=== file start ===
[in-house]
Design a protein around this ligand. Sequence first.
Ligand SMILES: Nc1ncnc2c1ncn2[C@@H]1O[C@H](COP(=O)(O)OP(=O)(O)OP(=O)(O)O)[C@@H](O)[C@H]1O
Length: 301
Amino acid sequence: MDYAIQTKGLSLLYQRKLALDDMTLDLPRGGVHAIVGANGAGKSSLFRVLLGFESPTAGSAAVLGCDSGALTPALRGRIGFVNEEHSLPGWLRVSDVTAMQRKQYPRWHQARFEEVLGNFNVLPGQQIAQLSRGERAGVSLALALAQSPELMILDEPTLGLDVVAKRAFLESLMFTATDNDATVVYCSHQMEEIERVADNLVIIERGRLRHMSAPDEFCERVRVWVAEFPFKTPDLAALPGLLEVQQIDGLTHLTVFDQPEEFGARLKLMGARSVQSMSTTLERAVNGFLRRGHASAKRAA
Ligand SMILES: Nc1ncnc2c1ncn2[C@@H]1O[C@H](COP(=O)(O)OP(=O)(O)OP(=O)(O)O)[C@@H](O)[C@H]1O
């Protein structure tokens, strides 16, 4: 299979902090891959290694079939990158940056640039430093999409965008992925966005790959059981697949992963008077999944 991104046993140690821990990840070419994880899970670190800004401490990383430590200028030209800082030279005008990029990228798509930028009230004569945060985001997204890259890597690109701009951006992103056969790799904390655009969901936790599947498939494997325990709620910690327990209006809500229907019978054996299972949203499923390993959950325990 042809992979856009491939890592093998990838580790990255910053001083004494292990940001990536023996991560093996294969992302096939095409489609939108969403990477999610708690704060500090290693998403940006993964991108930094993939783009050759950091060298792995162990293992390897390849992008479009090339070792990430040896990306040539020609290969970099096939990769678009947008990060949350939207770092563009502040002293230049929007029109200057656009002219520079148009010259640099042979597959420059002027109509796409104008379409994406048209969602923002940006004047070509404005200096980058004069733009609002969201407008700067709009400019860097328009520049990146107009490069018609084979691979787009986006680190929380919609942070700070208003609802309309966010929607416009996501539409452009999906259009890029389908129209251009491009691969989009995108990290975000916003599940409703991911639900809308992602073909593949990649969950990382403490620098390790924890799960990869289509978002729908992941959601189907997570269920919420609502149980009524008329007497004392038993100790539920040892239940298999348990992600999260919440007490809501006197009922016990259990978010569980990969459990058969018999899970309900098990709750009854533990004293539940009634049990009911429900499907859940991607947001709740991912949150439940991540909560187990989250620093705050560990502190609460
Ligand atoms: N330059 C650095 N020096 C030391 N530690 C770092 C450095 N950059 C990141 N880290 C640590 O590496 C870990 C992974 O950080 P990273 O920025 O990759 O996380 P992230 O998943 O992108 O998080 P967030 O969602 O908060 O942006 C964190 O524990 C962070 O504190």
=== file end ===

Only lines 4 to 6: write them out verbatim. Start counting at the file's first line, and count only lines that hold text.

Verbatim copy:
Length: 301
Amino acid sequence: MDYAIQTKGLSLLYQRKLALDDMTLDLPRGGVHAIVGANGAGKSSLFRVLLGFESPTAGSAAVLGCDSGALTPALRGRIGFVNEEHSLPGWLRVSDVTAMQRKQYPRWHQARFEEVLGNFNVLPGQQIAQLSRGERAGVSLALALAQSPELMILDEPTLGLDVVAKRAFLESLMFTATDNDATVVYCSHQMEEIERVADNLVIIERGRLRHMSAPDEFCERVRVWVAEFPFKTPDLAALPGLLEVQQIDGLTHLTVFDQPEEFGARLKLMGARSVQSMSTTLERAVNGFLRRGHASAKRAA
Ligand SMILES: Nc1ncnc2c1ncn2[C@@H]1O[C@H](COP(=O)(O)OP(=O)(O)OP(=O)(O)O)[C@@H](O)[C@H]1O